This is the ending of a year and the beginning of a new one, filled with hope and promise. Like many people, I am making goals for the new year, not the least of which focus on my writing.
In December, a group of writers and agents decided to do a mentor program. Writers would submit a query, the first five pages and a pitch about their completed work. They chose from the list of writers and agents willing to mentor a writer and hoped they would be accepted.
I strongly considered doing this. FAR RIDER is finished, has been revised and is in the process of what I hope is close to a final revision in hopes of securing an agent. These last three revisions have been requested by an agent, revise and re-send is the term. Obviously, it’s a great honor and positive step to get this far and frankly, even though it’s my story, I think it’s a good one and it was worth the effort.
I had second thoughts about submitting to this workshop because I would really hate for a mentor agent to work with me and be told I have been revising for another agent. Now, granted, I haven’t been offered a contract so the agent owes me nothing nor, technically, do I owe her anything. However, I feel I owe her a lot and she should get first right of refusal.
So, this little tidbit nagged at me, but I still thought it would be a really good workshop to get the pitch, query and manuscript in better shape.
What finally decided me not to participate was a comment an agent made. I don’t recall the exact wording, but it was something to the effect of, “God save me from another farm boy who goes off to save the world with a magical sword or ring and an old wizard.”
Now, Gen is female, not male, but holy smoke did that hit close to home. It hit close enough I have spent the past few weeks wondering if FAR RIDER was simply more practice on the way to the right story. I wondered why I had added in the sentient sword and the wizard and realized they certainly weren’t planned. They were characters who walked fully born into the story and introduced themselves as if they had always been there, just waiting to come on stage.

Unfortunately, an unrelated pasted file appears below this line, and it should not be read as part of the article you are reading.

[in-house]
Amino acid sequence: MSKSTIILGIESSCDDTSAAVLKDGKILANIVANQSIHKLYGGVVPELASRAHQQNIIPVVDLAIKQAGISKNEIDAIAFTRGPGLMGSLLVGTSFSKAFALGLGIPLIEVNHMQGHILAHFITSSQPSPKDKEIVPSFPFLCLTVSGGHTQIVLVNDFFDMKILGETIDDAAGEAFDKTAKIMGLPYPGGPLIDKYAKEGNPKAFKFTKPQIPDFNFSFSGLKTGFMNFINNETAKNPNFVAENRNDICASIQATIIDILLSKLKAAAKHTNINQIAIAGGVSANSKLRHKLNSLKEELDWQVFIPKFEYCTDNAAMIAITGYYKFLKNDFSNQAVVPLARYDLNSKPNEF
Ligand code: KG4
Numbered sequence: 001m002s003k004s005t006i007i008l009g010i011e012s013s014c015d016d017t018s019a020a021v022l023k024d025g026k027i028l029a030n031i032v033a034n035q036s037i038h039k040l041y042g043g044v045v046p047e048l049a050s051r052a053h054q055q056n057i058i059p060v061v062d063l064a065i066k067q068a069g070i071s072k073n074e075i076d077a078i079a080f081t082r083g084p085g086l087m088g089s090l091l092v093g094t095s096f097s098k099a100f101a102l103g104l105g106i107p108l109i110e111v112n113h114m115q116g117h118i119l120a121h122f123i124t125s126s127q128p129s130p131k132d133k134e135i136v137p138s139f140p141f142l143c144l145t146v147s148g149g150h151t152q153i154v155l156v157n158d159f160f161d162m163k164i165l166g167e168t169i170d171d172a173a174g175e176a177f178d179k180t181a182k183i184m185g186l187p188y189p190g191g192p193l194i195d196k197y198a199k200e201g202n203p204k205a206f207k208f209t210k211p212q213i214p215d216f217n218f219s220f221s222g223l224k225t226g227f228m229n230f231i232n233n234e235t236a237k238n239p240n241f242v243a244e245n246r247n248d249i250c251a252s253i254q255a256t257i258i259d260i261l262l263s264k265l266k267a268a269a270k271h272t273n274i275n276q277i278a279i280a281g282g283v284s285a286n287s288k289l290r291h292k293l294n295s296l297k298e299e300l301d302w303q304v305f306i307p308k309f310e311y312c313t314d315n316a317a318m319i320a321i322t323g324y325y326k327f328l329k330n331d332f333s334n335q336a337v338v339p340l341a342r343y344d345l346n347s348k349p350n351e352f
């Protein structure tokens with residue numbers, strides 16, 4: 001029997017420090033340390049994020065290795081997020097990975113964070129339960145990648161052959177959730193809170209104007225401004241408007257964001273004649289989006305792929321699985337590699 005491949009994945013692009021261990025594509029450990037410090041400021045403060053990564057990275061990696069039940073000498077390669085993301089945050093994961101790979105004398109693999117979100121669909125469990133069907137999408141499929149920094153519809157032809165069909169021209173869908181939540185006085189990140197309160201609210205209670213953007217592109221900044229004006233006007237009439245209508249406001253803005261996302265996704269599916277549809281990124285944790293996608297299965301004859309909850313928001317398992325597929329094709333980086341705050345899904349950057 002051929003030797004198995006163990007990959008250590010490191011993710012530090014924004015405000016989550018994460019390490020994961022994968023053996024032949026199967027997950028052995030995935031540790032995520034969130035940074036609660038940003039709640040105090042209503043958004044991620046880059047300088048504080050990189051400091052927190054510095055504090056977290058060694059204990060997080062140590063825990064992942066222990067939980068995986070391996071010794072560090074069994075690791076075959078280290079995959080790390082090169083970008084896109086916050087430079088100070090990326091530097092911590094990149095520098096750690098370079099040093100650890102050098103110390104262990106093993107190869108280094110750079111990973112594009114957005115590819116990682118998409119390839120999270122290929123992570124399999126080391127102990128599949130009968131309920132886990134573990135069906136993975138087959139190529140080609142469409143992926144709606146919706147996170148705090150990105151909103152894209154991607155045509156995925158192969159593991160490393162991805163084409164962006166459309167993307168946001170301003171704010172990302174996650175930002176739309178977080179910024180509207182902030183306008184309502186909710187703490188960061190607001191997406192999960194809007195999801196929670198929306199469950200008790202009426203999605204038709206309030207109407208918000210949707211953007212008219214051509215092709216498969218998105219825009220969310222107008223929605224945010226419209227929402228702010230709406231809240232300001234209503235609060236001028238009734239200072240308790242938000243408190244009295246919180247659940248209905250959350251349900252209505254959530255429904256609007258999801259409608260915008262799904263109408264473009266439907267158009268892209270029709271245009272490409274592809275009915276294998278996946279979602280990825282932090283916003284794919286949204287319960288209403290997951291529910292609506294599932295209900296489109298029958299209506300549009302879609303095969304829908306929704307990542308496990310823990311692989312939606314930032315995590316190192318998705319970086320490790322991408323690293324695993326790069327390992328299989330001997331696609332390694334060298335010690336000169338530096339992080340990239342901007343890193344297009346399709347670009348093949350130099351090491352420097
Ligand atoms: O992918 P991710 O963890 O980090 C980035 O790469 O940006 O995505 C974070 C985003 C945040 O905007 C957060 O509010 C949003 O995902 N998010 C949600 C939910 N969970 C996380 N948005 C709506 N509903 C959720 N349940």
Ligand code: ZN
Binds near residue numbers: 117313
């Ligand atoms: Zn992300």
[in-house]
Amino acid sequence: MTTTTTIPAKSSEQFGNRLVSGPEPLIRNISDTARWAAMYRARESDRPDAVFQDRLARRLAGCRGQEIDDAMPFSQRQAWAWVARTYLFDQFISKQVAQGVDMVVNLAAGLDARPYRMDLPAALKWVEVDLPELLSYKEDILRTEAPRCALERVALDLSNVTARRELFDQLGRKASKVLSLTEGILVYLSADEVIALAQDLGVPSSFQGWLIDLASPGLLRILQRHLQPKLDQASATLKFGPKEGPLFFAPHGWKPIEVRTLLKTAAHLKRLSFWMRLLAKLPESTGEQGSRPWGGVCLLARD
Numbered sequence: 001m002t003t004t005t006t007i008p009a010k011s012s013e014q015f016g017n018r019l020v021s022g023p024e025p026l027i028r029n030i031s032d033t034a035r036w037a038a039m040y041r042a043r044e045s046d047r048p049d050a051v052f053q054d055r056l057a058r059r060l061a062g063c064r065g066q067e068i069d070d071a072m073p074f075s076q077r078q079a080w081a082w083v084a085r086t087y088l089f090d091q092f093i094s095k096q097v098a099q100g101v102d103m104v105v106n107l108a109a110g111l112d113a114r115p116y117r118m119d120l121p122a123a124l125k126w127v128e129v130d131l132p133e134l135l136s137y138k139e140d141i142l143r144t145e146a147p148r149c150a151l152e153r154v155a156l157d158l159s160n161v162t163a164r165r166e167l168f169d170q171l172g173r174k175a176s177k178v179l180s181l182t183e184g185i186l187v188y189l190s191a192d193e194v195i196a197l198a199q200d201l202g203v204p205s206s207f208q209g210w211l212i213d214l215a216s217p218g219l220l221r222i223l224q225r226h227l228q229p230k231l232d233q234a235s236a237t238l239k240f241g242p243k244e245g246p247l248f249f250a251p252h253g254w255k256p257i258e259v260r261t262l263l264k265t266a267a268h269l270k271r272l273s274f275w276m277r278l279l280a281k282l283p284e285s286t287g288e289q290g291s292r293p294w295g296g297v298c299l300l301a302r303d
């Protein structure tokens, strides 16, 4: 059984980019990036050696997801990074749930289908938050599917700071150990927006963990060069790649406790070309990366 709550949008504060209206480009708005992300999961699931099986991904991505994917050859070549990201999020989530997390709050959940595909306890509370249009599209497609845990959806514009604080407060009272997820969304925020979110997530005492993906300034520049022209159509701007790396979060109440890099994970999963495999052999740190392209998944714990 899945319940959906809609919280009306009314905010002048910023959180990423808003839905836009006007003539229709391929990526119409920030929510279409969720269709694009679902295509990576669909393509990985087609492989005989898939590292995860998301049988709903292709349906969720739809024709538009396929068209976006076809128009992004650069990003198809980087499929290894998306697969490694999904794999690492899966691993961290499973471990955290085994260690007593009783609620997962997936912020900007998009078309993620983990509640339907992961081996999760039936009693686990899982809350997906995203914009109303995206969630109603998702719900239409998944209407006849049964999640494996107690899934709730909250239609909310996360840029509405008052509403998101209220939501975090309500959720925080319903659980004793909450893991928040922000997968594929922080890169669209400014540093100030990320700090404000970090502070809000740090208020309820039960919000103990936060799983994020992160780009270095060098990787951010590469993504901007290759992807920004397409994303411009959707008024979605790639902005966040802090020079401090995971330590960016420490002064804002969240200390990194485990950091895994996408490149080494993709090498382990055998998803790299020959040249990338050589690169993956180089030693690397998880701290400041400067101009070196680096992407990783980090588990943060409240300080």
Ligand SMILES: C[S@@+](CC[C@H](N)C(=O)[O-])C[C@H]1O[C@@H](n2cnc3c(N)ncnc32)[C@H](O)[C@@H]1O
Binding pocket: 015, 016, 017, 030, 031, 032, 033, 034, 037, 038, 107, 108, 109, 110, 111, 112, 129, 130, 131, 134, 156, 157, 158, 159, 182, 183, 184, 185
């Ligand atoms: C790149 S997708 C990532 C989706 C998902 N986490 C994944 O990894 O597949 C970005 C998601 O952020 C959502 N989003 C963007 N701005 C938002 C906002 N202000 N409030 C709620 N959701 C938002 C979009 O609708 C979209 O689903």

Maybe they were.
I’ve spent several nights thinking about this as I’m trying to go to sleep, debating on whether I should just shelve it and move on to something else. Then I think NYA (New York Agent) saw enough to give it to her minions to do a complete read twice. Both times the story was greatly improved based on their recommendations and the last time the agent sent back detailed comments, recommendations and the invitation to send back.
That has to count for something.
Then Doubt comes creeping back to plague the mind and whisper words of despair.
I belong to a crit group and it was my turn to send something in. Past my turn. I confess I was wondering if I really want to spend any more time on FR or go back to DRAGON VALLEY, my new project I’m working on.
I started reading back through FR, looking for a section to send and found myself reading scenes I had already sent. Then I caught myself reading more than I had planned. I remembered bits and pieces that reached out to me as a reader. This is a work I have created. I shouldn’t really be interested in reading it. I wrote it. I know what happens. That probably sounds egotistical. Heaven knows I’ve also had enough of the “Argh, I hate this stupid story,” moments.
I suppose the final thought is FAR RIDER may never sell. No one has any guarantees save one. If I give up on it, it certainly will never see the light of day. I have to trust the story is strong enough to lure readers in even if it is just a farm girl who dreams of being a Far Rider.
Perhaps that is the secret to any success. Don’t give up.